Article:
‘Are you here for the football?” the taciturn officer at Moscow Sheremetyevo airport’s Passport Control said with a hint of warmth after checking the documents in front of him.
Yes, was the answer. As football fever gripped Russia in the build-up to the 2018 World Cup, for the first time Cambodia was taking part in the 6th Gazprom Football for Friendship Championship, a global tournament for 12-year-olds from 211 nations and regions taking place in Moscow in the run-up to the main event.
Sokheng Sengkea, the Kingdom’s representative on the pitch, attended a three-day camp before the competition to train with his Angel Shark teammates.
Sok Makara, the accompanying young journalist, was helping put out the event’s daily newspaper along with new-found colleagues from around the world.
The selection process from the different football federations yielded some promising young talent. Brazil’s youngster, Gustavo Cintra Rocha, who won the tournament’s most valuable player award for Team Komodo Dragon, was a member of Brazilian top-flight club Fluminese’s U13 team and so likely set for stardom, according to Diogo Netto, the Brazilian Football Confederation’s manager of technical development, social responsibility and sutainability.
And the young Northern Irish player was part of his country’s increasingly successful youth academy, said the Irish Football Association’s press officer, so also likely set for a professional career.
When approached by the Gazprom Football for Friendship organisers, the Football Federation of Cambodia, which doesn’t yet have an under-13s program, got in contact with poverty alleviation NGO Indochina Starfish Foundation, who they regularly cooperate with on underage and women’s competitions. Sengkea and Makara, two football-mad underprivileged kids with dreams of playing for Cambodia, were selected for their football ability and passion for the game.
On the day of the competition, held at Lokomotiv Moscow’s impressive junior and training stadium, the sun shone as the event’s 36 teams got down to business. After a 0-0 draw in the opening match, Sengkea’s Team Angel Shark clicked into gear with a 3-1 win in their second game, Sengkea scoring a cracking long-range goal into the bottom corner, a la Harry Kane.
Sengkea, employed as box-to-box midfielder, and making some crucial defensive interventions, began the fightback for his team when down in the deciding qualifying match, tucking in at the far post from a left-wing cross.
Coming agonisingly close on two other occasions from similar moves, his team fell just short of making the quarters but went out with their heads held high. Sengkea’s two goals from three games was an impressive return for a player in his position against such strong opposition.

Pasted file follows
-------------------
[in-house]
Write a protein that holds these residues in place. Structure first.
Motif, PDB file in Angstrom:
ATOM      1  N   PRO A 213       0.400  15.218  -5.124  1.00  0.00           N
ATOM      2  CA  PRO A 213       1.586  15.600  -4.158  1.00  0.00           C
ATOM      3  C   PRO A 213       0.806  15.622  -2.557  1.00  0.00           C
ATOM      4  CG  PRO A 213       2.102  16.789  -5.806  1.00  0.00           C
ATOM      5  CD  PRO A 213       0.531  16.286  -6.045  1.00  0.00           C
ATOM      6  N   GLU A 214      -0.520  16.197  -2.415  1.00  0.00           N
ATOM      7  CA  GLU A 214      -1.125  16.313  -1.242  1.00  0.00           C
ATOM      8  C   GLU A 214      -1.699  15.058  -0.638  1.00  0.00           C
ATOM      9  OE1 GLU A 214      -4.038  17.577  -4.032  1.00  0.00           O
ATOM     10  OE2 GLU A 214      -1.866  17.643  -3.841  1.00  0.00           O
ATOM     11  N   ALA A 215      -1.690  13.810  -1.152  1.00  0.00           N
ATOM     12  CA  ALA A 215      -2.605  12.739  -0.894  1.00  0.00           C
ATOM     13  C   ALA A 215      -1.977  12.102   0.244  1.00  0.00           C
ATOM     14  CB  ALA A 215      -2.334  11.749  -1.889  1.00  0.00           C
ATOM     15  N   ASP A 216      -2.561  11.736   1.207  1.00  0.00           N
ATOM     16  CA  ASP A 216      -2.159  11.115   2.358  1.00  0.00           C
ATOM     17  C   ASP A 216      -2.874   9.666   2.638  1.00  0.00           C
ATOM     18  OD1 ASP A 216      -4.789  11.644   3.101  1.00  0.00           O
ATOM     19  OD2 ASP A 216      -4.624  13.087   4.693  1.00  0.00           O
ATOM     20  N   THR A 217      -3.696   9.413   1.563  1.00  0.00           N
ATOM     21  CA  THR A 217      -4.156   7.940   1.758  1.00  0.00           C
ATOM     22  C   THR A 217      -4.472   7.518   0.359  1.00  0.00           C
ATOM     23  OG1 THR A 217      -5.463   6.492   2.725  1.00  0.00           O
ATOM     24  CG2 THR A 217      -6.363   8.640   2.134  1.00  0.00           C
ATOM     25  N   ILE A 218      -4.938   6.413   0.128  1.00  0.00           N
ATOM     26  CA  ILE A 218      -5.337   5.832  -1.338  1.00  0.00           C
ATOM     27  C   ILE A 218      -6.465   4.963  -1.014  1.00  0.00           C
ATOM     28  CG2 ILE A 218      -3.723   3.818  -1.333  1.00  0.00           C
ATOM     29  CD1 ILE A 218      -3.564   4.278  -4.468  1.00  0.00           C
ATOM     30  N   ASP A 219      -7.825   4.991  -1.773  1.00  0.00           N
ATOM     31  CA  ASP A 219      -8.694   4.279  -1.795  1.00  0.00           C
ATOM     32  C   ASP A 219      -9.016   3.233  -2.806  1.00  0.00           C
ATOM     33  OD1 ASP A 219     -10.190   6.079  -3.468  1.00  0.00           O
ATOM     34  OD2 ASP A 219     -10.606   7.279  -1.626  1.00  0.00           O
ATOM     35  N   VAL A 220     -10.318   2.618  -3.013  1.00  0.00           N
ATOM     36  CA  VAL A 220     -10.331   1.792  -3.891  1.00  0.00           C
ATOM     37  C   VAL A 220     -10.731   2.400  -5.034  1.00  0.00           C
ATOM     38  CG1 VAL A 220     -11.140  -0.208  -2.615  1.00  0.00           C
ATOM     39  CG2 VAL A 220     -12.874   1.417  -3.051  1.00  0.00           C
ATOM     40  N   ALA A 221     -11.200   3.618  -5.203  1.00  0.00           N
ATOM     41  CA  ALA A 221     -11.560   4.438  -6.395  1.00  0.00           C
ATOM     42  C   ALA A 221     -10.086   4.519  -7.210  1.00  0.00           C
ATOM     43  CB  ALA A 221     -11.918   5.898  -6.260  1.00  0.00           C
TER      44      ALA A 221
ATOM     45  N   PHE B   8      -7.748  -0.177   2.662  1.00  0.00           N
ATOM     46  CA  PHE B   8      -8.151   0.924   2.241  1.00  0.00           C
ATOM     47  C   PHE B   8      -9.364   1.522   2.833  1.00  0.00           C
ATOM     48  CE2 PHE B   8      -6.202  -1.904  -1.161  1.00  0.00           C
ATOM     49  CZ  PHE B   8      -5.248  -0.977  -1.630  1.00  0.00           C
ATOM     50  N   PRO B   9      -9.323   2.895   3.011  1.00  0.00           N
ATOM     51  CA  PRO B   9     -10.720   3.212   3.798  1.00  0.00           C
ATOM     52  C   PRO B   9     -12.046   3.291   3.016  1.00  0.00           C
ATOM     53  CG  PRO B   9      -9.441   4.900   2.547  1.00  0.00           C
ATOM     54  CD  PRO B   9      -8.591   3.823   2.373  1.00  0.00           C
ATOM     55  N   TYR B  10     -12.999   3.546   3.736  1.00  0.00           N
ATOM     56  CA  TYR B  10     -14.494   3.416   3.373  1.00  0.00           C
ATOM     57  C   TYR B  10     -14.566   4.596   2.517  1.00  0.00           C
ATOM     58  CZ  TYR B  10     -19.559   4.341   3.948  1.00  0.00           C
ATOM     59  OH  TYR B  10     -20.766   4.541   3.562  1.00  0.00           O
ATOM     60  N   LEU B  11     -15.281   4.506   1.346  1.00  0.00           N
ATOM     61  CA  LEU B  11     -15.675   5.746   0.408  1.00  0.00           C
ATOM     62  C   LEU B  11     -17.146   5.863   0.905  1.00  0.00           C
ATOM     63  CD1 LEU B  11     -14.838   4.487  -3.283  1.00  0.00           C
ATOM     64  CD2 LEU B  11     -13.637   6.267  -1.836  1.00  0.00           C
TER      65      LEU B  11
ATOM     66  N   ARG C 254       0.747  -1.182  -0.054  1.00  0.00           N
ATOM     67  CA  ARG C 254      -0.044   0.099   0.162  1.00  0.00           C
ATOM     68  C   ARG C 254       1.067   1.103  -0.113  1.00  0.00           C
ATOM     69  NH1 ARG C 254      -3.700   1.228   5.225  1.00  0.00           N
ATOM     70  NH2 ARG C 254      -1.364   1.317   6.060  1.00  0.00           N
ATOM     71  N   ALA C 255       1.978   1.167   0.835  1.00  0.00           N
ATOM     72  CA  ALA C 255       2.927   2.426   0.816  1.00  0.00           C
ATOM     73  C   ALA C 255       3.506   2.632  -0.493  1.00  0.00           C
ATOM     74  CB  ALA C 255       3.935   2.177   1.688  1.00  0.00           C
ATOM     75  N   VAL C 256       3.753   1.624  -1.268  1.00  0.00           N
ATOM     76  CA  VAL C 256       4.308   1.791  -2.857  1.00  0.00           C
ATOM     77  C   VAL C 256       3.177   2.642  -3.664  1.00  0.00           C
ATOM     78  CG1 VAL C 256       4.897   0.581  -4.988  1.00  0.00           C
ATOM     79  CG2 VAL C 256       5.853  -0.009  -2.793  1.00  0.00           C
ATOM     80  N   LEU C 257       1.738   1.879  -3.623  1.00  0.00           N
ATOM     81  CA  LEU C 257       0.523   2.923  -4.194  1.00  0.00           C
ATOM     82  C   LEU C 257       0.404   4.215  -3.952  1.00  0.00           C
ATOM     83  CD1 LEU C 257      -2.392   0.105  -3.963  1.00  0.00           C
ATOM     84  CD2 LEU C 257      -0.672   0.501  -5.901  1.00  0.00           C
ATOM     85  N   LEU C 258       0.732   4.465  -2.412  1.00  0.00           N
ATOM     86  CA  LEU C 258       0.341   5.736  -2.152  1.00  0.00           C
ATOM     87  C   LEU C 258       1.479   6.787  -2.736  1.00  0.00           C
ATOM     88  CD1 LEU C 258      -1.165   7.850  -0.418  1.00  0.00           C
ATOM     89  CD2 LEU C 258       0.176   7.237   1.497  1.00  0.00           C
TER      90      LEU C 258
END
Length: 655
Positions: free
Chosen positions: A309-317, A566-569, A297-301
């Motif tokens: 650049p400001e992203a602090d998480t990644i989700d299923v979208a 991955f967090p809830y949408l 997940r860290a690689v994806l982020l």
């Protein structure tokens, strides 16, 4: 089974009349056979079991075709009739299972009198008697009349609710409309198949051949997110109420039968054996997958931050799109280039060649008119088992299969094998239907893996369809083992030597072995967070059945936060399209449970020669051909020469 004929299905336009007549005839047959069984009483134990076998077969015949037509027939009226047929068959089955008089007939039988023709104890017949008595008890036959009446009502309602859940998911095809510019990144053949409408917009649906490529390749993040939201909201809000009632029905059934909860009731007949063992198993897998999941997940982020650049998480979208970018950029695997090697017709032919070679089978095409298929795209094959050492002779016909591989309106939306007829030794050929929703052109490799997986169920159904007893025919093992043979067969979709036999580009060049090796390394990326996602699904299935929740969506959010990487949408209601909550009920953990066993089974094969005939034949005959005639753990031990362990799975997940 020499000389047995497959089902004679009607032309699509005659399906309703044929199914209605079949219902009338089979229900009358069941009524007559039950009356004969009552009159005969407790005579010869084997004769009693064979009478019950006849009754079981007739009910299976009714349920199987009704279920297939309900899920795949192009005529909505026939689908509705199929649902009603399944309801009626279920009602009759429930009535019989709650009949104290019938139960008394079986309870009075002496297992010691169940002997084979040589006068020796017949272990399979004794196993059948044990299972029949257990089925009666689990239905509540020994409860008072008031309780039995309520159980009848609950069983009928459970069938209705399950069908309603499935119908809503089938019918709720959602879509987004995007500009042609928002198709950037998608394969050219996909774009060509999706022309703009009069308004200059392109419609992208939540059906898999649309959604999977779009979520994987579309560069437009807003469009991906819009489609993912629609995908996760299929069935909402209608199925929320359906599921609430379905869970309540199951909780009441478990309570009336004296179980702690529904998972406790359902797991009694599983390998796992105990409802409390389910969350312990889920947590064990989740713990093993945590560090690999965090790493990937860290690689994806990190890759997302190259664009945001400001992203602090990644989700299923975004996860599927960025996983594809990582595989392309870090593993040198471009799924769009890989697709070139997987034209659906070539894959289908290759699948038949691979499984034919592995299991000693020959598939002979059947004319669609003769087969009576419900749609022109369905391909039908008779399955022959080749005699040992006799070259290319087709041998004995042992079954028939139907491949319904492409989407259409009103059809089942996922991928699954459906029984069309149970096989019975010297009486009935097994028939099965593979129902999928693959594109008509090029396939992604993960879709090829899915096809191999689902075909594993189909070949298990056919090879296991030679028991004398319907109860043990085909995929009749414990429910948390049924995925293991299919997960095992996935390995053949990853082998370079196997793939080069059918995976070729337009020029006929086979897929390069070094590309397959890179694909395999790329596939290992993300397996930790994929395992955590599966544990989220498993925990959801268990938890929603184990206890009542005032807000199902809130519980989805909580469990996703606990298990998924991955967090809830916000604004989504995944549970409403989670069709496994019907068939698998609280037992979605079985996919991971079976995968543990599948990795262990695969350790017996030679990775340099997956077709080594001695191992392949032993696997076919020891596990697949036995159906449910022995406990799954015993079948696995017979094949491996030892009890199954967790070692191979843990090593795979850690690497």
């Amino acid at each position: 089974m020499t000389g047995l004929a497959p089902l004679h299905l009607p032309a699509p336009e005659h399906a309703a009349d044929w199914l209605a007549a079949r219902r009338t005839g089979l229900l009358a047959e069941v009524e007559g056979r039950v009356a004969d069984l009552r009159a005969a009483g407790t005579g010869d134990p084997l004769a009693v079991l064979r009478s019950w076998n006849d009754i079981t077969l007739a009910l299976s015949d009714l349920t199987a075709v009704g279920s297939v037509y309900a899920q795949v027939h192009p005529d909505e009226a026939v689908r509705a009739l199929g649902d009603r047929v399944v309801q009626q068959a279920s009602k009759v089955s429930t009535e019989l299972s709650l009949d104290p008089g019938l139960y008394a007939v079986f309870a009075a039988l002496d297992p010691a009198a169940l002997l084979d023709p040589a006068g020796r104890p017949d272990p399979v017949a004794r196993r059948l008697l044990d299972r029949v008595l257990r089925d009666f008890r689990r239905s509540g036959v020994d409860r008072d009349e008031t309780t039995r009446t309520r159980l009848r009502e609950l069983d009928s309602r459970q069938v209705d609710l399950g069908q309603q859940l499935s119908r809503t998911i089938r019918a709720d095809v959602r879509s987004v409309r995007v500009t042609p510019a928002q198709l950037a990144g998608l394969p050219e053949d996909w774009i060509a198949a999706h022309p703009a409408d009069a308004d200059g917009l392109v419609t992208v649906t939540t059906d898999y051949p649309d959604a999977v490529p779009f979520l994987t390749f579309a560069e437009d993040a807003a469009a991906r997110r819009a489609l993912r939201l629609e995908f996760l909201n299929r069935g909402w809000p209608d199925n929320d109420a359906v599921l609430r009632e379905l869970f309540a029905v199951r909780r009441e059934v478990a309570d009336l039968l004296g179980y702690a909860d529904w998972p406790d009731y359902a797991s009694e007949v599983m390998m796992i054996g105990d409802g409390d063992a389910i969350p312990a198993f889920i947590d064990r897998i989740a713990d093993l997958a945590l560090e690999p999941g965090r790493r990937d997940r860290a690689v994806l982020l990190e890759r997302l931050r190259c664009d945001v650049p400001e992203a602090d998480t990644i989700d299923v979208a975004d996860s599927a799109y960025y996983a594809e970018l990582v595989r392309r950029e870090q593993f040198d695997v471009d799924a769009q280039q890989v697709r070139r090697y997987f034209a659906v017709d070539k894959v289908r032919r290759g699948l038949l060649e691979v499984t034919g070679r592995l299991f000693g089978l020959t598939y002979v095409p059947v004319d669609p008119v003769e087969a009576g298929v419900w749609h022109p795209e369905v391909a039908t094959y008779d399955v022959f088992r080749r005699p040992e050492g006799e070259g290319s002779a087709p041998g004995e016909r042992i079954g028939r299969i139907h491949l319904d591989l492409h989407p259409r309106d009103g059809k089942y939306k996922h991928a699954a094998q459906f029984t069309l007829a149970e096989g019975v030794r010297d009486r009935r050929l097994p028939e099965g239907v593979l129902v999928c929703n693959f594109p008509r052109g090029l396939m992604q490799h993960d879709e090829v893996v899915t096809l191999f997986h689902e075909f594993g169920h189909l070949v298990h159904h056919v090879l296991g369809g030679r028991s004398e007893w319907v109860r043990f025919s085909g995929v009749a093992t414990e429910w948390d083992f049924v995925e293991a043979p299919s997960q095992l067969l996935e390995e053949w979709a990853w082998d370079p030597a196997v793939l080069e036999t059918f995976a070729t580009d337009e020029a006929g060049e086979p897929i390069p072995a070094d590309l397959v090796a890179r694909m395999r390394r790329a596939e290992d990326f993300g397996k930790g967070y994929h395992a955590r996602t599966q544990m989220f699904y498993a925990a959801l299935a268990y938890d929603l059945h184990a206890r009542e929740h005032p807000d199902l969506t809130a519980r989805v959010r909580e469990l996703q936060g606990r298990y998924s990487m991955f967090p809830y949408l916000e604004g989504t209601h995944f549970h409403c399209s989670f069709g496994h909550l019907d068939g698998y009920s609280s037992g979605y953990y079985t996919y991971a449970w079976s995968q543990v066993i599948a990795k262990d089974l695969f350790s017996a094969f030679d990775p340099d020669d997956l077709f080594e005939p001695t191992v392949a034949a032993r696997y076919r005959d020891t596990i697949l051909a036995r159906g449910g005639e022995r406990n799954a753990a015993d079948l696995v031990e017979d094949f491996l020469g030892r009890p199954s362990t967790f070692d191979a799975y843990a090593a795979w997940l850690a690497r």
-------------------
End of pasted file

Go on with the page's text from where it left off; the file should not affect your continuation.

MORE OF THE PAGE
“I am happy to have been given the opportunity to participate in the Football for Friendship program in Moscow,” Sengkea said. “It helped me to make a lot of friends from different countries, and I really liked playing football with them. The three-day training program before the championship helped me to improve and learn new football skills, which I will use in future matches.
“The championship was very exciting and I am happy to have performed well for my team. This has been an amazing experience.”
Makara said of his time in Moscow: “We were nervous before about meeting people from other countries and cultures but we soon all became friends as we had lots in common. We made many good friends from around the world – from India, China, Argentina and Korea – and we had a great time.”
Yin Marady of the FFC said after the event: “The boys were very shy before coming out to Russia for the Football for Friendship program, but now they have so much more confidence. I really think this experience will stand them in good stead for their future.”
Yin Samedy, no relation, of ISF, expressed a similar sentiment: “As you could see in Sengkea’s team’s first match, they didn’t play their best. But they grew in confidence and began playing better. This growing confidence we saw on the pitch is the perfect reflection of the new confidence we are seeing in him now as a young man after this experience.”
Here for the football? Indeed, and what an experience for the youngsters. But Makara and Sengkea return home with far more than incredible memories. It may be a cliche to talk of the power of sport to change lives, but for the two Cambodian boys, the Football for Friendship program was indeed a life-changing experience, one that will hopefully drive them on to fulfil their dreams of one day representing Cambodia.
And with the strength of talent on display in Russia, perhaps they might just meet some of their friends from Moscow again while doing so.